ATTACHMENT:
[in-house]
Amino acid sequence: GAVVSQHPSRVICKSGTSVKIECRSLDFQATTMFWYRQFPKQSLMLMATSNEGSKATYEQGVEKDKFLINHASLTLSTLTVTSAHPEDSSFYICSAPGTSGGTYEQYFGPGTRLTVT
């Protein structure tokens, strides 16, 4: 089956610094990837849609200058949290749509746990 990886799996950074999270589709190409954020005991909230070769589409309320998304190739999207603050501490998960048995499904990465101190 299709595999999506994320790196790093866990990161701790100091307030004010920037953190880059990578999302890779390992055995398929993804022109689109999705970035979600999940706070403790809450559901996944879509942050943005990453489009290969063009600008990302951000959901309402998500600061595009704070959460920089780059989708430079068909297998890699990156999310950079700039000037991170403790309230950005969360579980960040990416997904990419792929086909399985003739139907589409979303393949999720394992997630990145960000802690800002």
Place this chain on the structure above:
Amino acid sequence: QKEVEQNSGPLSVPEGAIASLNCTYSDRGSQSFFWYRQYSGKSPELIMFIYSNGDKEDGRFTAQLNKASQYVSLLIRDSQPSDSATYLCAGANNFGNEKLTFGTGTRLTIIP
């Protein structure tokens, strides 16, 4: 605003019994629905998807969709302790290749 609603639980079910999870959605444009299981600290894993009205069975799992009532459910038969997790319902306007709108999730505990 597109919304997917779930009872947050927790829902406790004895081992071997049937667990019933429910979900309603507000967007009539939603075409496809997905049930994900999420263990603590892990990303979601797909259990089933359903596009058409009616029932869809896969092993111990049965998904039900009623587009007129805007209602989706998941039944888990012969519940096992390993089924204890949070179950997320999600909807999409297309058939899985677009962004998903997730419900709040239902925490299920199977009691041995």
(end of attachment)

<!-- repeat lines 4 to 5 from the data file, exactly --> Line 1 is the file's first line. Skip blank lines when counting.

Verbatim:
Place this chain on the structure above:
Amino acid sequence: QKEVEQNSGPLSVPEGAIASLNCTYSDRGSQSFFWYRQYSGKSPELIMFIYSNGDKEDGRFTAQLNKASQYVSLLIRDSQPSDSATYLCAGANNFGNEKLTFGTGTRLTIIP